2. The Pale Scot

        Economics: The Science of Explaining Tomorrow why the predictions you made yesterday didn’t come true today.

        Economics is what Richard Feynman called a “cargo cult science” – they’re going through the motions of being a science, but they achieve no actual results.

    3. ebear

      Best stuff I’ve read here in weeks. Personally, I put economists on the same level as 15th century court astrologers, although that may not be fair to the profession of astrology, which has progressed considerably since then.

  9. middle seaman

    The point of discussion should not be Krugman. Do we employ one additional person by attacking or defending Krugman? Krugman mentioned many times the wrongheadedness of economists such as Taylor and others. He was quite harsh about it.

    If anyone believes that there exists a system that eliminates fraud the person should be rushed to a mental institution for immediate care. The moral/religious tradition of the west is about human flaws fraud absolutely included.

    Academics are as corrupt as any other group. The money stolen from the poor and the middle class is enormous. Economists who help and support the robbery are rewarded handsomely. I don’t know who is rewarded and how. But academics argue techniically not by using four letters words or mentioning ones mother. That’s the job of reporters blotters and us silly commenters.

    1. Ray Phenicie

      “Academics are as corrupt as any other group. The money stolen from the poor and the middle class is enormous. Economists who help and support the robbery are rewarded handsomely.”
      I tend to agree and indeed in the scientific field one has to go a long way to get honest reporting on the real world. Look at any 1st year college chemistry text book and see what it says about industrial pollution caused by the processes so eloquently praised inside the book. Look up fluoride; see if the huge danger that element causes to human health is presented. Same goes for nuclear power. Or chemical fertilizers. Or. . . . .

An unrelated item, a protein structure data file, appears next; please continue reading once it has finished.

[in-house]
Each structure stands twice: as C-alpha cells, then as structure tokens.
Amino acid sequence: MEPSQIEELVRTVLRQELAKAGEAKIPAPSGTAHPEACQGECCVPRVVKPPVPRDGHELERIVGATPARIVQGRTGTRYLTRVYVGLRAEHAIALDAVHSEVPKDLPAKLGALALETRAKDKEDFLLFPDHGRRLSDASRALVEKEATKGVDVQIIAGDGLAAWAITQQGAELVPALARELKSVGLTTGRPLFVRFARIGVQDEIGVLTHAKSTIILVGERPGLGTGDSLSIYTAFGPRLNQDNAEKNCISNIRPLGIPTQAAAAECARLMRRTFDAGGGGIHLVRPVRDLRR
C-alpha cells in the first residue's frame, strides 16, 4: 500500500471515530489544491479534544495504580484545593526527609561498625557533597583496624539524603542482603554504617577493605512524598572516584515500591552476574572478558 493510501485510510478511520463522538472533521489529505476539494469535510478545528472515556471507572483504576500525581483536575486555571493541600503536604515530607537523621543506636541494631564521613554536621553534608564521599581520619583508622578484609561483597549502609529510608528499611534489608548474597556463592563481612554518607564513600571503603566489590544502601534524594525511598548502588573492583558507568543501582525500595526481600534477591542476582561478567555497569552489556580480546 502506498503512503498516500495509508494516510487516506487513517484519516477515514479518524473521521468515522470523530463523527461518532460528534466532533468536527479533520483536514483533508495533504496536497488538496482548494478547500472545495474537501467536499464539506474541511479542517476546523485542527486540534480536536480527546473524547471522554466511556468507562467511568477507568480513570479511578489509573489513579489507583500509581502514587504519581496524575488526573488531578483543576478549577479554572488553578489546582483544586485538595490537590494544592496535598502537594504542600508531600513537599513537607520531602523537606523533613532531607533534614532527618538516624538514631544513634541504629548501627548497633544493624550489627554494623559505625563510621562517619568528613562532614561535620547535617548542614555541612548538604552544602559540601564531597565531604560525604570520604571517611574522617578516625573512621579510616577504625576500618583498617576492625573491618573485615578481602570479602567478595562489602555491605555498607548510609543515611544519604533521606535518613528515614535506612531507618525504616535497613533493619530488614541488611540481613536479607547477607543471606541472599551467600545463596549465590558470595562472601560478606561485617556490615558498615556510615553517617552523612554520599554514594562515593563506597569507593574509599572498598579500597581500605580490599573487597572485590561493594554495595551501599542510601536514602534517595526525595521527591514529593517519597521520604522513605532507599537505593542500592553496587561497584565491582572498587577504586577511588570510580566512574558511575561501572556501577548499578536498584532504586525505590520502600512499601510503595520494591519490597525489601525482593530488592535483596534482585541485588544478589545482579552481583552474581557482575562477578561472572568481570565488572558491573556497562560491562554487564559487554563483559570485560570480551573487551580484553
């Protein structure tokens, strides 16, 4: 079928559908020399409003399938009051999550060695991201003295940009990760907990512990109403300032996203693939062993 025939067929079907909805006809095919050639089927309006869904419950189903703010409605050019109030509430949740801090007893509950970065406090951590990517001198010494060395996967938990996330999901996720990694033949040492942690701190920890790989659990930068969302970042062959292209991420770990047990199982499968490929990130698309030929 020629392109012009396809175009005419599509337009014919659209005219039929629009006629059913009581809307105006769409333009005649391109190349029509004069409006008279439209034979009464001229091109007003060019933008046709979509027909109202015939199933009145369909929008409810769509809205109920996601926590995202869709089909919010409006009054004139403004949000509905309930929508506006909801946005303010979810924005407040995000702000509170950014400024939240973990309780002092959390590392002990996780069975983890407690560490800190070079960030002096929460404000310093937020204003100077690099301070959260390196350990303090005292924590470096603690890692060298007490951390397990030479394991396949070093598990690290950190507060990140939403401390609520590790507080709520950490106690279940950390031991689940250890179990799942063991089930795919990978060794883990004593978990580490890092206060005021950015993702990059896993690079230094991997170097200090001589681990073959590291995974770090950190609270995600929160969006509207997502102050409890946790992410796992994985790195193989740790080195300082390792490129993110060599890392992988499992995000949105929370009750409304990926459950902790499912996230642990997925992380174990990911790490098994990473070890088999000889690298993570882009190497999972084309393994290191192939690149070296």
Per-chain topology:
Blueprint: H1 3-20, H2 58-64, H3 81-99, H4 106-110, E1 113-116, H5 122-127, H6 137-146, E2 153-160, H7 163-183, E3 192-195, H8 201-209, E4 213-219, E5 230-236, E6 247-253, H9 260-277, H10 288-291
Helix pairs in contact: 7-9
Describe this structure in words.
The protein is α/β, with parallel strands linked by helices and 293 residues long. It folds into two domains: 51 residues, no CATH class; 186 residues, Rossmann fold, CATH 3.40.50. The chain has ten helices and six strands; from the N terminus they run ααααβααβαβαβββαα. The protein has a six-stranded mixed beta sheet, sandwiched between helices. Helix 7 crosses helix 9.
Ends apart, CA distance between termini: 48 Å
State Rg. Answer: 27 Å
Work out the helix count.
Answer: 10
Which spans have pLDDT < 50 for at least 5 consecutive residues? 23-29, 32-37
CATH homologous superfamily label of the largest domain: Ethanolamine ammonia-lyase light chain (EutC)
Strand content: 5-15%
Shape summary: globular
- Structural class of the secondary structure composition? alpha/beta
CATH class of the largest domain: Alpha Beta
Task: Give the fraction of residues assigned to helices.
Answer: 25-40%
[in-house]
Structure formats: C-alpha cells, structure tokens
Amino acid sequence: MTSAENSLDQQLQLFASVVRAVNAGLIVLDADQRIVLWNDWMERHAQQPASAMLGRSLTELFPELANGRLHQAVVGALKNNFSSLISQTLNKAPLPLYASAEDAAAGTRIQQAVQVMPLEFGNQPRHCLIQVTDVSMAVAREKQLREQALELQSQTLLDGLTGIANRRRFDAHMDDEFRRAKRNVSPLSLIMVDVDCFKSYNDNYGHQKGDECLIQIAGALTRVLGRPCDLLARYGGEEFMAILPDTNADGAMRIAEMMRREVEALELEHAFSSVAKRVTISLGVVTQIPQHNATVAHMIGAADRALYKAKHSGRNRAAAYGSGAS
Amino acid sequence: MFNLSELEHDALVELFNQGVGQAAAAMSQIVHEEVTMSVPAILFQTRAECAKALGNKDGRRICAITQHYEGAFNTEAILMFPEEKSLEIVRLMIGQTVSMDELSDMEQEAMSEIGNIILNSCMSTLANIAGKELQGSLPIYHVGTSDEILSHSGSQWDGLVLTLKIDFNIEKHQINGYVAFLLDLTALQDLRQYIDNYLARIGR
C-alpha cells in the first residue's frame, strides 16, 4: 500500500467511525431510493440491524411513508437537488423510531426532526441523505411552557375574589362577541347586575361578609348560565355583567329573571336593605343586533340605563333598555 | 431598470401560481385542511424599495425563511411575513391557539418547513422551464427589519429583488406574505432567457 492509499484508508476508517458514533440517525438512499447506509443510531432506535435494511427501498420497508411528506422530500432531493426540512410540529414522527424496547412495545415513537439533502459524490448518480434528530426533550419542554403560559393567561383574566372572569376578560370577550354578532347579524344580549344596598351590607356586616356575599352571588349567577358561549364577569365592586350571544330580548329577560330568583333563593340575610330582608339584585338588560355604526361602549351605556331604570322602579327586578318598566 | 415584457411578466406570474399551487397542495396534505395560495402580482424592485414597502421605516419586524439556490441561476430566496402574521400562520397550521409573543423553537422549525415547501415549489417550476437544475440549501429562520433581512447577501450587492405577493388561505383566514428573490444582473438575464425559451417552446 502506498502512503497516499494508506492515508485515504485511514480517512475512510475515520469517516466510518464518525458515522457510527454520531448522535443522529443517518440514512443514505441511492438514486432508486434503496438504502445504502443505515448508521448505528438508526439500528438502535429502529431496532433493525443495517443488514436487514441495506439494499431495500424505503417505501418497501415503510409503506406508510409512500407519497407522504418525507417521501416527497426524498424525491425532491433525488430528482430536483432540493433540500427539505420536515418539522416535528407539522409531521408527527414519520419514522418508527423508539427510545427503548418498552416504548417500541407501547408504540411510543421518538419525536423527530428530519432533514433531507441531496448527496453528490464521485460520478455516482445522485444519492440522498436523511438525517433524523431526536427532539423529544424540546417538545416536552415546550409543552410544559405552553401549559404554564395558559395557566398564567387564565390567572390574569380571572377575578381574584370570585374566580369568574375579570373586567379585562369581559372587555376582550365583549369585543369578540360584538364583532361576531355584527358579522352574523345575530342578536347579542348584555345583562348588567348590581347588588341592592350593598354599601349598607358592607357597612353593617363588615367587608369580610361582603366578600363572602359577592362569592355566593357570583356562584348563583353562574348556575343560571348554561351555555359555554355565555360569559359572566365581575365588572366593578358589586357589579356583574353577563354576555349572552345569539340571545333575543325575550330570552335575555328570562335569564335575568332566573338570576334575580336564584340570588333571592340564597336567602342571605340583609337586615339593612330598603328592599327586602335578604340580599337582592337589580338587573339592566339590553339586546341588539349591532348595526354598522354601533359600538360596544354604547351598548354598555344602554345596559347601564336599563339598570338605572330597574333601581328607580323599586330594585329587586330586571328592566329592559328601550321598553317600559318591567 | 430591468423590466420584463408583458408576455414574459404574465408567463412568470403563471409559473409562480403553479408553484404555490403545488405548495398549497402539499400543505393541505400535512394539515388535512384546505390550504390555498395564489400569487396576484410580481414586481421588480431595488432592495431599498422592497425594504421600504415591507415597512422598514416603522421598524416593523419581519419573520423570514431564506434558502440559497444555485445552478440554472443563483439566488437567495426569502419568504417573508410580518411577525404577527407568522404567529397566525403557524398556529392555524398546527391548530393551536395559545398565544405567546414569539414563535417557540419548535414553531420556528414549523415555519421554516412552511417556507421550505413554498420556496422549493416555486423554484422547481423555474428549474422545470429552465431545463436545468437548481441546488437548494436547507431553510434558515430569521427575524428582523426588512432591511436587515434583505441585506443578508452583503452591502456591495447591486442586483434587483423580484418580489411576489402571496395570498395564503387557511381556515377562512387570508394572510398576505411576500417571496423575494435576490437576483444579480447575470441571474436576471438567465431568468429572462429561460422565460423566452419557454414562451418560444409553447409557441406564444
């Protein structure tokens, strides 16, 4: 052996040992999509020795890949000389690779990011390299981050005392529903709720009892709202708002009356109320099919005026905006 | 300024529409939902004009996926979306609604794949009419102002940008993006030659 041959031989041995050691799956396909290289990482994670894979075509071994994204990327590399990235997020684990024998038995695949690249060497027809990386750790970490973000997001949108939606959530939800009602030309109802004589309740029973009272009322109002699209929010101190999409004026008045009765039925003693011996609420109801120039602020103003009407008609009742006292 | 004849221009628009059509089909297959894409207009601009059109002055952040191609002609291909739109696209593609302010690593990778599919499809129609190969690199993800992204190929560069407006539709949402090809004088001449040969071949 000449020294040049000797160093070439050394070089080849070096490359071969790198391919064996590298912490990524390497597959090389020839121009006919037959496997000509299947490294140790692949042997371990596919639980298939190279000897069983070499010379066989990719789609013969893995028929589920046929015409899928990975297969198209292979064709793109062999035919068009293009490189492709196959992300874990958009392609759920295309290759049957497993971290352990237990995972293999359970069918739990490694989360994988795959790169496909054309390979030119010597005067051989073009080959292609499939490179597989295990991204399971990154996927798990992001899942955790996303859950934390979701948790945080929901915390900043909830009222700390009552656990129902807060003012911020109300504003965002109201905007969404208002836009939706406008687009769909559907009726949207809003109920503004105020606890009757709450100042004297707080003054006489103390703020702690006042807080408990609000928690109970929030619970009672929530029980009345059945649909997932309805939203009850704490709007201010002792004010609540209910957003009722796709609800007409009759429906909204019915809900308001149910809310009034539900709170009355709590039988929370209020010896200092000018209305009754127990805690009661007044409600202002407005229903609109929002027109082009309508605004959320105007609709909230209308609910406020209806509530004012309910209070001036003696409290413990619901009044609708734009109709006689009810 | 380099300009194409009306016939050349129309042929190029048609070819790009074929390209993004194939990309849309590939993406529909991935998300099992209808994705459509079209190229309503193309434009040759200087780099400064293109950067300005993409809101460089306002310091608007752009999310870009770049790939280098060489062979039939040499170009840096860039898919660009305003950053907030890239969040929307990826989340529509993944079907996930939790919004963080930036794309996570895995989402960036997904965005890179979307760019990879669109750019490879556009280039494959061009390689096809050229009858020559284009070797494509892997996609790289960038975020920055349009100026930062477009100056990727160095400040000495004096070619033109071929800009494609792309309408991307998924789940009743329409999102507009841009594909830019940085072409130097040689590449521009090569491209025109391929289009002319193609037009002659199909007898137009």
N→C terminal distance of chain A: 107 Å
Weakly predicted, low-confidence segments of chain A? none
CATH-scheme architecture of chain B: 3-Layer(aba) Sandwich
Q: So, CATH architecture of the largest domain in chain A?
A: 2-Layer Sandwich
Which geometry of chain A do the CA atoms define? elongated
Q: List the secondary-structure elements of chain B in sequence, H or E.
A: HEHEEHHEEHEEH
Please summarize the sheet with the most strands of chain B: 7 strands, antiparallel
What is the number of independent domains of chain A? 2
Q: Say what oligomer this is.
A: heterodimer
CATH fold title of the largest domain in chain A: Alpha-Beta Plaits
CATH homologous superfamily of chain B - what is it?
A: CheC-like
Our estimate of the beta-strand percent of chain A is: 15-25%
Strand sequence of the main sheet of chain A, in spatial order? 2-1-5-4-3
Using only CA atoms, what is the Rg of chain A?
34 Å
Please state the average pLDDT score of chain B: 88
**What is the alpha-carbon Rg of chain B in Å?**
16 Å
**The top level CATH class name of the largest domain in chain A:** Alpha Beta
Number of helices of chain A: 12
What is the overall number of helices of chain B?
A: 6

As numerous comments above elaborate on and as the article shows, so called intellectual leaders in academia are following their department’ heads and kindred spirits who hang around at after hour cocktail gatherings in the fundraising venue. Can’t displease the next group of donors who are about to fund another $15,000,000 department add on in the form of more brick and glass.

      1. red

        Actually, some recent chemistry textbooks address environmental concerns, and some departments (including Harvard’s, iirc) are moving to make all chemistry they teach as green as possible through the development and use of less polluting synthetic and other processes.

  10. Richard


    Excellent post. While I haven’t had a chance to blog on it myself, I thought your readers would be interested in a Wall Street Journal column “why the dismal science deserves federal funding”. [ ]

  11. Warren Celli

    Bill Black said; “To sum it up – the surprise is that Krugman is surprised.”

    To sum it up – the surprise is that Bill Black is surprised that Krugman is surprised.

    Good cop bad cop economists, globally, have been the most valuable allies to create frauds as they keep the Noble Lie Xtrevilist game alive by making everyone believe that they have a dog in the hunt. Nothing could be further from the truth.